Black women are not being adequately represented or portrayed in advertising, a study from the Geena Davis Institute on Gender in Media and Cannes Lions has found.
Madeline Di Nonno, CEO of the Geena Davis Institute, discussed the findings on Lions Live, a digital-content platform run by Cannes Lions, a sister company of WARC.
Black Lives Matter
This article is part of an ongoing WARC series focused on educating brand marketers on diversity and activism, in light of the recent progressive steps made with the Black Lives Matter movement.
The study was based on analysis of 251 ads entered into the Film or Film Craft awards ‒ all either English-language or with English subtitles ‒ in 2019. (For more, read WARC’s in-depth report: Advertisers are failing in portrayals of Black women ‒ and need to embrace intersectionality.)
Of this sample, some 18.2% of the characters depicted were Black, an increase from 17.5% the previous year, the study revealed.
That representation level can be measured against the fact that approximately 14% of the US population is Black, as are 13% of people in Europe, and 8% of people in Brazil, noted Di Nonno.
But the headline figures, she explained, masked a powerful gender disparity. “Black female characters rarely appear: 69% of the Black characters are male characters,” Di Nonno said.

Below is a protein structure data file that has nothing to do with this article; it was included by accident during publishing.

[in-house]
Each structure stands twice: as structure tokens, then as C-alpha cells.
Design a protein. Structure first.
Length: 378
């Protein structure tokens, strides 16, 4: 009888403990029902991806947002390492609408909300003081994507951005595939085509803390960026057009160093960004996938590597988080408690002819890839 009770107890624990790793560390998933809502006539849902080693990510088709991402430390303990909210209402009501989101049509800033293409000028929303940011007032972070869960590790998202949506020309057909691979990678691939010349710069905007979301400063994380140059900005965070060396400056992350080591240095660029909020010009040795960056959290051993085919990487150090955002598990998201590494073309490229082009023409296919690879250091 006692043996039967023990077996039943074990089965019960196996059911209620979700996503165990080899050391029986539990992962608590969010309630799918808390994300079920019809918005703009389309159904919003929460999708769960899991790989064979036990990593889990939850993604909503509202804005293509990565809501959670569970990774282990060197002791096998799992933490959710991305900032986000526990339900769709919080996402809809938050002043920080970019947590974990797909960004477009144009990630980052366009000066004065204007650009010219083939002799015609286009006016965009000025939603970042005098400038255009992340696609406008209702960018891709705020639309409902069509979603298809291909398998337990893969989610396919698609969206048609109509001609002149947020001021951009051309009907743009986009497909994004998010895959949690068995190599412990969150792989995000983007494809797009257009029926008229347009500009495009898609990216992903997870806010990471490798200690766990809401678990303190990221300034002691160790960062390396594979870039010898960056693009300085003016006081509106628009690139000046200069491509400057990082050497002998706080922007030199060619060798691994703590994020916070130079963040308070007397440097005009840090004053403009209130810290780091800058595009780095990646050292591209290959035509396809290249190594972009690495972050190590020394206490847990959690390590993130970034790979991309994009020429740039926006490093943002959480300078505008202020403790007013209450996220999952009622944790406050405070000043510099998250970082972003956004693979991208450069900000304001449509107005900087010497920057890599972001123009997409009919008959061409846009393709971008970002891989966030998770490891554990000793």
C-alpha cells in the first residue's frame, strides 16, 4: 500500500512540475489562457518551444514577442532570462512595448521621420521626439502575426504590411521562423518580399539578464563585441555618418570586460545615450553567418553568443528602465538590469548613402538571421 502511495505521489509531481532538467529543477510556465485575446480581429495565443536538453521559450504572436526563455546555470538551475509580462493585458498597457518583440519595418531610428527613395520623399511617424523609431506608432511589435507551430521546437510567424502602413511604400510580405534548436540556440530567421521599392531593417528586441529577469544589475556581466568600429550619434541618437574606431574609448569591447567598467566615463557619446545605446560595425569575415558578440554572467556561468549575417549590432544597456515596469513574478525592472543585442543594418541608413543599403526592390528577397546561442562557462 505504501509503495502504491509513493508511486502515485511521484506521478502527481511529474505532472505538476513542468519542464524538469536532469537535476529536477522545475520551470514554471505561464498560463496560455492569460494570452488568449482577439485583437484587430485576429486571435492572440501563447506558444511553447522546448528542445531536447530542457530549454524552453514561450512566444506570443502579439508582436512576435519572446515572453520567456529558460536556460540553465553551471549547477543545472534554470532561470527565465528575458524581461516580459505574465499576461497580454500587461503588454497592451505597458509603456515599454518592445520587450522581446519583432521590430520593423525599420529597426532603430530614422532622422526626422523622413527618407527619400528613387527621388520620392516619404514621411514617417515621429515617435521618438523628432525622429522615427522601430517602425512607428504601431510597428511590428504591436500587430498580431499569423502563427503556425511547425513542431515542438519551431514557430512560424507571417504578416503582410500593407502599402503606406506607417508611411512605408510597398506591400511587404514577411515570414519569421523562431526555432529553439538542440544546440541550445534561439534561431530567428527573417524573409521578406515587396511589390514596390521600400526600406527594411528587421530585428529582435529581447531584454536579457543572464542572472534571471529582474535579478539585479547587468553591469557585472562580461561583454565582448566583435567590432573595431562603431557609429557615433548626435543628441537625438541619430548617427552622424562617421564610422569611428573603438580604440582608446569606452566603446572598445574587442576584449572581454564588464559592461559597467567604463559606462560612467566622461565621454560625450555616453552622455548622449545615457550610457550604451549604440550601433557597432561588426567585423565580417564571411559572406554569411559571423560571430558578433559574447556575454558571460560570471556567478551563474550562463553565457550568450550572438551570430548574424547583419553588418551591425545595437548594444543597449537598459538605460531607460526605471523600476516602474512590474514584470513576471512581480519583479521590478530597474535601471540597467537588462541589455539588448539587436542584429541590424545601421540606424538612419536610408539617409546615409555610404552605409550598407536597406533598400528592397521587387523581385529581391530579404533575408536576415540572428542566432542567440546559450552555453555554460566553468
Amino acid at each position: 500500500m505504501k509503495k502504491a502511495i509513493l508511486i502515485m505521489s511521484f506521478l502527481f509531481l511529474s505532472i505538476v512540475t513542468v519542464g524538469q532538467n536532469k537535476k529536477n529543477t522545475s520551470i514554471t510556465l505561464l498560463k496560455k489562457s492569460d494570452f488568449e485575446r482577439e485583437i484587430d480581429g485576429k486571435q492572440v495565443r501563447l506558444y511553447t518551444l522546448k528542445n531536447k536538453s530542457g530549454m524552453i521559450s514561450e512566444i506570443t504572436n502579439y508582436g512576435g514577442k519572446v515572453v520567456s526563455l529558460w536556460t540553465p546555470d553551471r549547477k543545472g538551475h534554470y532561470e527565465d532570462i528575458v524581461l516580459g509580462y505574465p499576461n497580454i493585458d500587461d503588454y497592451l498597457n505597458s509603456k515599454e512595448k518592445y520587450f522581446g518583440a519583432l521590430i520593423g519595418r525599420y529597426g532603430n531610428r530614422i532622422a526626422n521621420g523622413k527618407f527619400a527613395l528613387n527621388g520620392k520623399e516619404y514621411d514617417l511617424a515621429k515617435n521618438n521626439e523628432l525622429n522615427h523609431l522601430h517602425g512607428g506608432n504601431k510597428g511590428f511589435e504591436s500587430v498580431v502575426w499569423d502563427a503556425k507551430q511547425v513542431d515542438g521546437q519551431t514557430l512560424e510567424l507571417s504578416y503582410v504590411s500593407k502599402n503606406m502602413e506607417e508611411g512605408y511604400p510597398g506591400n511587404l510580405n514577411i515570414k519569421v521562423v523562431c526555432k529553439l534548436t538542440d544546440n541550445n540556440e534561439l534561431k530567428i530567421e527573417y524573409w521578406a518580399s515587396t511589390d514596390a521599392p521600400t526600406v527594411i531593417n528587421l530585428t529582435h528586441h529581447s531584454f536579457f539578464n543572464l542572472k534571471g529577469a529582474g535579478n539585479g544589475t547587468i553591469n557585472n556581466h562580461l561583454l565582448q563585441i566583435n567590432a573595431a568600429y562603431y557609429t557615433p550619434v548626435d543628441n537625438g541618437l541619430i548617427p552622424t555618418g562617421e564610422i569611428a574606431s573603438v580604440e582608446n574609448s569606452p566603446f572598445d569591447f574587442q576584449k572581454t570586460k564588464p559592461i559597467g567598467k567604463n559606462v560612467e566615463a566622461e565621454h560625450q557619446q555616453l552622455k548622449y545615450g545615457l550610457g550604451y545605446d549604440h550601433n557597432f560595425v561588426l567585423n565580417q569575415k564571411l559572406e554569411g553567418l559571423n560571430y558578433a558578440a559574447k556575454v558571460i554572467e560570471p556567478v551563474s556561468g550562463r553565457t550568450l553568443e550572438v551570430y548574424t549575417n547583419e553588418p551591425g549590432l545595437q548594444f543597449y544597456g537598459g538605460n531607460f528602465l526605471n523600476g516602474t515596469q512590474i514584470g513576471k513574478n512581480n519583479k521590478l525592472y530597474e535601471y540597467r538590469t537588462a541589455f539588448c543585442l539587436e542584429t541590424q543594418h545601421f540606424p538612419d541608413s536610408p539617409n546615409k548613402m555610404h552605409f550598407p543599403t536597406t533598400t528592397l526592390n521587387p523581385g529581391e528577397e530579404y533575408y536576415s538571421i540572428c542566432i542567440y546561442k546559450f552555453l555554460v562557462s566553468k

“And, additionally, Black female characters are seven times more likely to be objectified than white female characters.”
Such insights are of particular significance given that the advertising industry is struggling with issues like diversifying its own talent base, as well as addressing the problem of casting, and moving beyond outmoded views of different communities.
And the Geena Davis/Cannes Lions research indicated that definite failings remain. “If we look at Black characters, they are stereotyped as being less professional.”
By way of example, Di Nonno pointed to the fact that white characters “are two times more likely to be shown in an office” than Black characters.
When it comes to stereotypes, another insight from the analysis was that “we do see white characters more likely to be working and depicted as smart,” she asserted.
Sourced from WARC